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Aerial photo of the Kathisma Church Figure 2

Aerial photo of the Kathisma Church. View to the south-east, the main apse on the right unexposed

Avner (2007)

Transliterated Name Source Name
Kathisma Greek κάθισμα
Ecclesia Kathismatis Latin
Kadismou Arabic كاديسموو
Church of the Kathisma
Old Kathisma

The Church at Kathisma begins with a story. In the 17th paragraph of the apocryphal Gospel of James, Mary had a vision three miles outside of Bethlehem and went into labor. Over time, it appears that a legend grew and Mary was said to have rested on a rock while experiencing the pains of childbirth. In the 5th century CE, a church was built around this supposed rock. The church was called Kathisma and Kathisma became a pilgrimage site dedicated to Mary. Sometime after the Muslim conquest of Jerusalem, the church at Kathisma began to receive Muslim pilgrims. Mary is mentioned 70 times in the Quran and is referred to as the greatest of all women. In the 19th Surah (verses 24-25), the story of Mary at Kathisma is told in a slightly different way. In the Muslim account, which shares similarities with the 20th chapter of the Gospel of Pseudo-Matthew, Mary retreated to the trunk of a Palm tree and lamented that she wished she were dead. A voice rang out to reassure her and told her that a stream was beneath her feet and that if she shook the tree, she would receive some dates.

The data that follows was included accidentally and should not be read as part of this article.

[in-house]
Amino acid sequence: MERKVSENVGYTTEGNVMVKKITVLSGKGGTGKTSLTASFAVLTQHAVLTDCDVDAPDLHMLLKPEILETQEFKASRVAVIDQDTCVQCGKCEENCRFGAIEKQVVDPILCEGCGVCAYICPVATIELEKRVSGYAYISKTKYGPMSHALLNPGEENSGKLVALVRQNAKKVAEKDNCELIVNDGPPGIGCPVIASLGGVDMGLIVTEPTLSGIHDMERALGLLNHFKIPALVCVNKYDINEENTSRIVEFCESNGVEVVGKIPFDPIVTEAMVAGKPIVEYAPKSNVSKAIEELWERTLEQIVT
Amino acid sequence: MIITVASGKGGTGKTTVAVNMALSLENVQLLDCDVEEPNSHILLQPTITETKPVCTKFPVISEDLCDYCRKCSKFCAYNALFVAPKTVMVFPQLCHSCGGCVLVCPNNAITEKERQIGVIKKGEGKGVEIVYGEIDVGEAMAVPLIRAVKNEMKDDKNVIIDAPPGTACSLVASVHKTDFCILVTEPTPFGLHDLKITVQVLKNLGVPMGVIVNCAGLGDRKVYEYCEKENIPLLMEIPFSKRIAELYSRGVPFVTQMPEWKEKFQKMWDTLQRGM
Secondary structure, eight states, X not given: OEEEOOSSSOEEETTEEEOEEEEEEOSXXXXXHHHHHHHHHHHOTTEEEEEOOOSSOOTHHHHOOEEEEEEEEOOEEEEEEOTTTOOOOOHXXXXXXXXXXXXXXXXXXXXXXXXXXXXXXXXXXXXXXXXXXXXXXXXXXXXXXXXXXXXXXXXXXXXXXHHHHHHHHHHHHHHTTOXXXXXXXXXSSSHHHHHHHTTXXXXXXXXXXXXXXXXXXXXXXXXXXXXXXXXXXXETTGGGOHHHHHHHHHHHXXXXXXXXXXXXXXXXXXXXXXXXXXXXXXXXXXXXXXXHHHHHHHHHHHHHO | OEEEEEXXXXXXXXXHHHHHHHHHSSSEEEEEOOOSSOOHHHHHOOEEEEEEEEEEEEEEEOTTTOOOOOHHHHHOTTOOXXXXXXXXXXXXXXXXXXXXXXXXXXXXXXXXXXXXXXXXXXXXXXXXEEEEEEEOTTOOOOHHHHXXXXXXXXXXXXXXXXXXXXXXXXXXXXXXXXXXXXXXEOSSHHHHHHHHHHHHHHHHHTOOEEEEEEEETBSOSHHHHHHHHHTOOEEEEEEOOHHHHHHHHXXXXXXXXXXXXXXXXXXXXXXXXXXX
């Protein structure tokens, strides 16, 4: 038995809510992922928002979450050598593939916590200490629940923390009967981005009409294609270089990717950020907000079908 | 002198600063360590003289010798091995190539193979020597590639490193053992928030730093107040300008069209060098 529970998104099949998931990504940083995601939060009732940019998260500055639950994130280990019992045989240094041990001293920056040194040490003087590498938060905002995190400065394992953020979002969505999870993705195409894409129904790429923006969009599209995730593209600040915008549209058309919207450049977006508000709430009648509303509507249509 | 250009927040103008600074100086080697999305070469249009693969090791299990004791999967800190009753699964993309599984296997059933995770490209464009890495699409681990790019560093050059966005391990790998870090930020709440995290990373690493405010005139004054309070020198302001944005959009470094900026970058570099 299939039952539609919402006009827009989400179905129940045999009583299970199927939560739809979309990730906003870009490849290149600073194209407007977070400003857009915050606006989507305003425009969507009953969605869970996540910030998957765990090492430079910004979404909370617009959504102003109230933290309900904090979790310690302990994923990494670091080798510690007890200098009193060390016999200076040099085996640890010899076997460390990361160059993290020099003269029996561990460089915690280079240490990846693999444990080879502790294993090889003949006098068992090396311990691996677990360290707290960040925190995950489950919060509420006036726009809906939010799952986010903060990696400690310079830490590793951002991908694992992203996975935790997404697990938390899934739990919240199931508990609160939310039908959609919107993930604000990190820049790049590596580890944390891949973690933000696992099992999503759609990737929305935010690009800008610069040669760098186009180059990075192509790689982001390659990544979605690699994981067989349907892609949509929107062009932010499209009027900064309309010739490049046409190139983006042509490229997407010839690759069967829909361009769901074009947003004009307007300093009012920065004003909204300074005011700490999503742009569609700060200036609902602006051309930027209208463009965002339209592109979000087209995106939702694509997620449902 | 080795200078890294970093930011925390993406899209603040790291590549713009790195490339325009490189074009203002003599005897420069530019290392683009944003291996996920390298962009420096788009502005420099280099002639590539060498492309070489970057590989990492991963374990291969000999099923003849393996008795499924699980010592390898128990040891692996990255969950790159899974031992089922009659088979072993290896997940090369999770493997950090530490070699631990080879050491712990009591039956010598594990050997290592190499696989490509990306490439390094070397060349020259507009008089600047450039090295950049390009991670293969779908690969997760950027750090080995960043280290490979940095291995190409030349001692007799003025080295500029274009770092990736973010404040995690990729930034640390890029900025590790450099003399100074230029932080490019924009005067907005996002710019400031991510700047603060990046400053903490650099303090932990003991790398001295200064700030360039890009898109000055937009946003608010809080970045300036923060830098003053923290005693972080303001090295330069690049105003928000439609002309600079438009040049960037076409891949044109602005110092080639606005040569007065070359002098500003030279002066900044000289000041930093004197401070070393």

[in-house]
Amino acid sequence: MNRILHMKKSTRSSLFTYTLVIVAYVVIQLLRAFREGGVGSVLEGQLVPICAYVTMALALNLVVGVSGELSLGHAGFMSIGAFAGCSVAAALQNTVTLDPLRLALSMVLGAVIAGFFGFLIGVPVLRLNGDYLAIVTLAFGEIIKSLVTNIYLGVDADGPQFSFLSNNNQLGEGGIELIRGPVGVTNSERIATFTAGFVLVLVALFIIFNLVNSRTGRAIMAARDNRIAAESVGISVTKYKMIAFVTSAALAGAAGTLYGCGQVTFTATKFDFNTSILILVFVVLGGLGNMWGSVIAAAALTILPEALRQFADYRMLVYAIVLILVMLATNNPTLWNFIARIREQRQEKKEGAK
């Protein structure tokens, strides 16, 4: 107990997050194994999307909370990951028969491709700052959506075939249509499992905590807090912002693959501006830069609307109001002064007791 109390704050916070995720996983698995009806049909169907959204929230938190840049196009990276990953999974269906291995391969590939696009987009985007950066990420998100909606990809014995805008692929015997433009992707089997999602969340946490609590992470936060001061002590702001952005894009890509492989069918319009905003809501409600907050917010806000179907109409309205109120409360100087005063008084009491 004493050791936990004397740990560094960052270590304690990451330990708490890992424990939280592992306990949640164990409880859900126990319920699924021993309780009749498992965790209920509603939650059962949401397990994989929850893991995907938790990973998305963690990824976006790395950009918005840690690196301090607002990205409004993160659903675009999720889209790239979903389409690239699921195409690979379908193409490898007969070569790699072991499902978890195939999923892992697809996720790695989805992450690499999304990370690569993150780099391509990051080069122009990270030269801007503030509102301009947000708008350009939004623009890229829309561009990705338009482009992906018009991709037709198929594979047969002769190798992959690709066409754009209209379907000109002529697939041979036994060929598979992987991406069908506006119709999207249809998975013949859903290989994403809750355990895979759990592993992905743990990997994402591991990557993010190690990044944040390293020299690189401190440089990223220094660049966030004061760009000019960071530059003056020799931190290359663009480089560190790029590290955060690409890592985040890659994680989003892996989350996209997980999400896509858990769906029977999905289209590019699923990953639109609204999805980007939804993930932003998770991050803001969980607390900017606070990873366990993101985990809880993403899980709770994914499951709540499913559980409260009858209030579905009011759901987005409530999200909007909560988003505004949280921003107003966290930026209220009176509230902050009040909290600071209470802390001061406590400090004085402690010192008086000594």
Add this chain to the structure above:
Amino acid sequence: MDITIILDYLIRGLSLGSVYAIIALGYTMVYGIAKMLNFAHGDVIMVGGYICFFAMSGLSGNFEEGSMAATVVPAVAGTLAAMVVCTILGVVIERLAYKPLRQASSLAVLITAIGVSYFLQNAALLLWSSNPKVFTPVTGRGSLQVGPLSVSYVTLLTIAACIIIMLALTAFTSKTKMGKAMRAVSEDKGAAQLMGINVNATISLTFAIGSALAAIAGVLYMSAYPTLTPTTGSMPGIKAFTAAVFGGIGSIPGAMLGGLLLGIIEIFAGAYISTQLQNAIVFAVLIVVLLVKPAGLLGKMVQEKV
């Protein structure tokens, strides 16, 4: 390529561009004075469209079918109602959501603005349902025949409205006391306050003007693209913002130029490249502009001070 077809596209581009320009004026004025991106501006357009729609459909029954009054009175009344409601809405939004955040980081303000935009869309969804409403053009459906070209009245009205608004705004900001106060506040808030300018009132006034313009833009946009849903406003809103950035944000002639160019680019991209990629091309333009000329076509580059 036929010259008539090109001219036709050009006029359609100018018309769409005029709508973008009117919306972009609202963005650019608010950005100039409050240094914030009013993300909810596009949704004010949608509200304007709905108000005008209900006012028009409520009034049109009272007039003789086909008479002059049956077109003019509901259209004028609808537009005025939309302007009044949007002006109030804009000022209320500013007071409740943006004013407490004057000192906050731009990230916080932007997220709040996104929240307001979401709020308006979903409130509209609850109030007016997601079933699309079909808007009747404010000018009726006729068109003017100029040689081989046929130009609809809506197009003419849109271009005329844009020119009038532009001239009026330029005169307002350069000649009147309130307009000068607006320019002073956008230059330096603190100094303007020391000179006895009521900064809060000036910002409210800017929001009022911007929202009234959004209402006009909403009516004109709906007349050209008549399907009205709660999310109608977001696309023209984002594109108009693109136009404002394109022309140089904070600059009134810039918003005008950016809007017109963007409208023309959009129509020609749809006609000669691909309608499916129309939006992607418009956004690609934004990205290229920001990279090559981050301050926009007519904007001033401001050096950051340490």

The remains of the church at Kathisma, ~ 3 miles from Bethlehem and close to Ramat Rahel, was discovered by accident in the early 1990's and excavated over 4 seasons. Much of the remains were missing - pilfered long after its demise and it is this pilfering which may have removed any obvious archeoseismic evidence from earthquakes which struck in the mid 8th century CE.

Maps, Aerial Views, and Plans
Maps, Aerial Views, and Plans

Normal Size

  • Fig. 1.1 - Location Map from Avner (2016)
  • Annotated Google Map of the area from
  • Kathisma in Google Earth
  • Kathisma on
  • Plan of the Church from Stern et al (2008)


  • Plan of the Church from Stern et al (2008)


  • from Avner (2016)
  • There is no mention of archeoseismic evidence in any of the reports I have read
Phase Period Age
(century CE)
1st Byzantine 1st half of the 5th The dating of the original first phase, according to coins retrieved underneath the lowest floors and their beddings,
is from the first half to the mid-fifth century.
This date is supported by historical sources (see Avner, 2007)
2nd Byzantine 1st half of the 6th The second phase of the church is dated by coins retrieved above the floors of the first phase and below the floors
of the second phase, as well as in the beddings of the floors of the second phase. These provide a date in the first half of
the sixth century and not later then the monetary reform of Justinian in 538.

Avner beleives the rebuilt church is referred to as New Kathisma in historical sources.
3rd Umayyad 1st half of the 8th The third phase is dated by coins, pottery and glass fragments to the first half of the eighth century - see Avner (2007)
Ottoman This stratum was attributed to the Ottoman period, based on ceramic finds that were discovered on surface. - Avner (2005)

Notes and Further Reading

Articles and Books

Avner, R., 1993 Jerusalem, Mar Elias, in Excavations and surveys in Israel 13: 89-92.

Avner, R., et al. (2001). "Jerusalem, Mar Elias – the Kathisma Church." Hadashot Arkheologiyot: Excavations and Surveys in Israel